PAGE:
author = "Kei Sato and Kaku Nakano and Shunsuke Katsuki and Tetsuya Matoba and Kyoichi Osada and Tatsuya Sawamura and Kenji Sunagawa and Kensuke Egashira",
year = "2012",
month = "12",
day = "13",
doi = "10.5551/jat.13391",
language = "English",
volume = "19",
pages = "986--998",
journal = "Journal of Atherosclerosis and Thrombosis",
issn = "1340-3478",
publisher = "Japan Atherosclerosis Society",
number = "11",

}

TY - JOUR

T1 - Dietary cholesterol oxidation products accelerate plaque destabilization and rupture associated with monocyte infiltration/activation via the MCP-1-CCR2 pathway in mouse brachiocephalic arteries

T2 - Therapeutic effects of ezetimibe

AU - Sato, Kei

AU - Nakano, Kaku

AU - Katsuki, Shunsuke

AU - Matoba, Tetsuya

AU - Osada, Kyoichi

AU - Sawamura, Tatsuya

AU - Sunagawa, Kenji

AU - Egashira, Kensuke

PY - 2012/12/13

Y1 - 2012/12/13

N2 - Aim: No prior studies have investigated the effects of dietary cholesterol oxidation products (oxysterols) on atherosclerotic plaque destabilization and rupture. We used an atherosclerotic mouse model with histological features similar to those seen in ruptured human plaques to test the hypothesis that (1) dietary oxysterols accelerate plaque destabilization and rupture and (2) a NPC1L1 inhibitor, ezetimibe, has therapeutic effects on these processes. Methods and Results: Advanced atherosclerotic plaques were examined in innominate arteries of ApoE-/- mice that were fed either a regular high-fat diet (HFD) or HFD containing oxysterols (oxysterol-HFD; 6.8% of added cholesterol was oxidized) and infused with angiotensin II. Compared with HFD, oxysterol-HFD did not affect plasma lipid levels but did accelerate plaque destabilization and rupture, which was associated with increased monocyte infiltration/activation, monocyte chemoattractant protein-1 (MCP-1) expression, and matrix metalloproteinase (MMP) activity. Dietary oxysterol-induced plaque destabilization and rupture were blunted in ApoE-/-CCR2-/- mice. Oral treatment with ezetimibe, significantly decreased plasma lipid levels and prevented the acceleration of plaque destabilization and rupture induced by dietary oxysterol. These data indicate a primary role for monocyte-mediated inflammation via the MCP-1-CCR2 pathway and the resultant increase in MMP activity in plaque destabilization and rupture induced by dietary oxysterols in ApoE-/- mice. These data also provide a mechanism by which dietary oxysterols are connected with the pathogenesis of plaque destabilization and rupture. Conclusions: These data suggest that inhibition of the absorption of oxysterols by ezetimibe may be useful for the treatment of high-risk patients with high oxysterol intake.

AB - Aim: No prior studies have investigated the effects of dietary cholesterol oxidation products (oxysterols) on atherosclerotic plaque destabilization and rupture. We used an atherosclerotic mouse model with histological features similar to those seen in ruptured human plaques to test the hypothesis that (1) dietary oxysterols accelerate plaque destabilization and rupture and (2) a NPC1L1 inhibitor, ezetimibe, has therapeutic effects on these processes. Methods and Results: Advanced atherosclerotic plaques were examined in innominate arteries of ApoE-/- mice that were fed either a regular high-fat diet (HFD) or HFD containing oxysterols (oxysterol-HFD; 6.8% of added cholesterol was oxidized) and infused with angiotensin II. Compared with HFD, oxysterol-HFD did not affect plasma lipid levels but did accelerate plaque destabilization and rupture, which was associated with increased monocyte infiltration/activation, monocyte chemoattractant protein-1 (MCP-1) expression, and matrix metalloproteinase (MMP) activity. Dietary oxysterol-induced plaque destabilization and rupture were blunted in ApoE-/-CCR2-/- mice. Oral treatment with ezetimibe, significantly decreased plasma lipid levels and prevented the acceleration of plaque destabilization and rupture induced by dietary oxysterol. These data indicate a primary role for monocyte-mediated inflammation via the MCP-1-CCR2 pathway and the resultant increase in MMP activity in plaque destabilization and rupture induced by dietary oxysterols in ApoE-/- mice. These data also provide a mechanism by which dietary oxysterols are connected with the pathogenesis of plaque destabilization and rupture. Conclusions: These data suggest that inhibition of the absorption of oxysterols by ezetimibe may be useful for the treatment of high-risk patients with high oxysterol intake.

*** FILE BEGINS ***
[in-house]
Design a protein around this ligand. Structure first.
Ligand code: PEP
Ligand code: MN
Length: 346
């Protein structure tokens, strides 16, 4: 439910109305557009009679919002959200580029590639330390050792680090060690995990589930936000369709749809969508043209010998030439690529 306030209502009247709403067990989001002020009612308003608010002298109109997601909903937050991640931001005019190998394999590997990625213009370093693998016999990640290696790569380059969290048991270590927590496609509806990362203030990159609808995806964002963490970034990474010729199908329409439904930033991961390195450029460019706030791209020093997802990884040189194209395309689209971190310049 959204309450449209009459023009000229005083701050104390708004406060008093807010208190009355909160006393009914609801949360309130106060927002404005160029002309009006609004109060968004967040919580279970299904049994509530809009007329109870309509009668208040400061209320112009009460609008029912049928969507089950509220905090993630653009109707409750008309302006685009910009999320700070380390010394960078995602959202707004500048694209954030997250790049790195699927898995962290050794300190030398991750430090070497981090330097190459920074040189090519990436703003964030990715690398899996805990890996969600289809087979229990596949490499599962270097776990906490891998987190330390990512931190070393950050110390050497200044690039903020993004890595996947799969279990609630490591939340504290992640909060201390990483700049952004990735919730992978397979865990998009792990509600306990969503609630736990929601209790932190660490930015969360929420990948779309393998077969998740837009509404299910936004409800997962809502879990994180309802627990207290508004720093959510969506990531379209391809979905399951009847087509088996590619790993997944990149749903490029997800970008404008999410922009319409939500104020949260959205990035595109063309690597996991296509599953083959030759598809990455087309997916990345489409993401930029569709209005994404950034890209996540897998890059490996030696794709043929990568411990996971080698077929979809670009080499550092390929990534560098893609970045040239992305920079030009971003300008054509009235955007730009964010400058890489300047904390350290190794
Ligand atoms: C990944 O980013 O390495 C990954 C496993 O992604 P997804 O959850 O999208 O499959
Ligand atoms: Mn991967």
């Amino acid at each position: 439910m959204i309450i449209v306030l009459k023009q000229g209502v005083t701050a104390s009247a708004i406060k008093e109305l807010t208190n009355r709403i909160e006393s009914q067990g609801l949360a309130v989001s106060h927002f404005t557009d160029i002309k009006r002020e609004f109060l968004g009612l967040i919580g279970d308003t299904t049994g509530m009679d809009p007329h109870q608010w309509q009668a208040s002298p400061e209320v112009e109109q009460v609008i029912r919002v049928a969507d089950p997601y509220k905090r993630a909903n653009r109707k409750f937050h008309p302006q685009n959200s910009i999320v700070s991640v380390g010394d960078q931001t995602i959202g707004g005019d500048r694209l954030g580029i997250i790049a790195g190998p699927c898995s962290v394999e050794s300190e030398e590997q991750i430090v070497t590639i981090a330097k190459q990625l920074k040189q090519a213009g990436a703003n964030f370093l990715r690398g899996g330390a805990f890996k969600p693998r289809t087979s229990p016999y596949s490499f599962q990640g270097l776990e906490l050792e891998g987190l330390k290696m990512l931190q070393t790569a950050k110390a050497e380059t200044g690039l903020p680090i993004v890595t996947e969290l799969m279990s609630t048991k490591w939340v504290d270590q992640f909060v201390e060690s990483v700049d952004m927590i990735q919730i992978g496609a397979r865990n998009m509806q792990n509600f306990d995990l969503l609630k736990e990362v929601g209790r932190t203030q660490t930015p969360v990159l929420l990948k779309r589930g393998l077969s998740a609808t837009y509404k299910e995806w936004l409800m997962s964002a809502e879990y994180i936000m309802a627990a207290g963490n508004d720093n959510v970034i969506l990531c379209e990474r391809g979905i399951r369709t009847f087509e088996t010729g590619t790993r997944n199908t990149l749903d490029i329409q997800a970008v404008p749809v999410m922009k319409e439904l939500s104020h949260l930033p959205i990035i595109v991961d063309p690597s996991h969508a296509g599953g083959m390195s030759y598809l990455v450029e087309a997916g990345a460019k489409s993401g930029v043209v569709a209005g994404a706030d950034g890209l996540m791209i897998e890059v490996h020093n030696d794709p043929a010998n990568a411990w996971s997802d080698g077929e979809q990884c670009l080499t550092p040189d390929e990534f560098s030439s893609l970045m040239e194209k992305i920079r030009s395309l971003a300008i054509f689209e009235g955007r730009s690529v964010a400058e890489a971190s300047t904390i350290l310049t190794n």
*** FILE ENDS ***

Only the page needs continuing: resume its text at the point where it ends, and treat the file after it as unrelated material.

UR - http://www.scopus.com/inward/record.url?scp=84870749692&partnerID=8YFLogxK

UR - http://www.scopus.com/inward/citedby.url?scp=84870749692&partnerID=8YFLogxK

U2 - 10.5551/jat.13391

DO - 10.5551/jat.13391

M3 - Article

C2 - 22785139

AN - SCOPUS:84870749692

VL - 19

SP - 986

EP - 998

JO - Journal of Atherosclerosis and Thrombosis

JF - Journal of Atherosclerosis and Thrombosis

SN - 1340-3478

IS - 11

ER -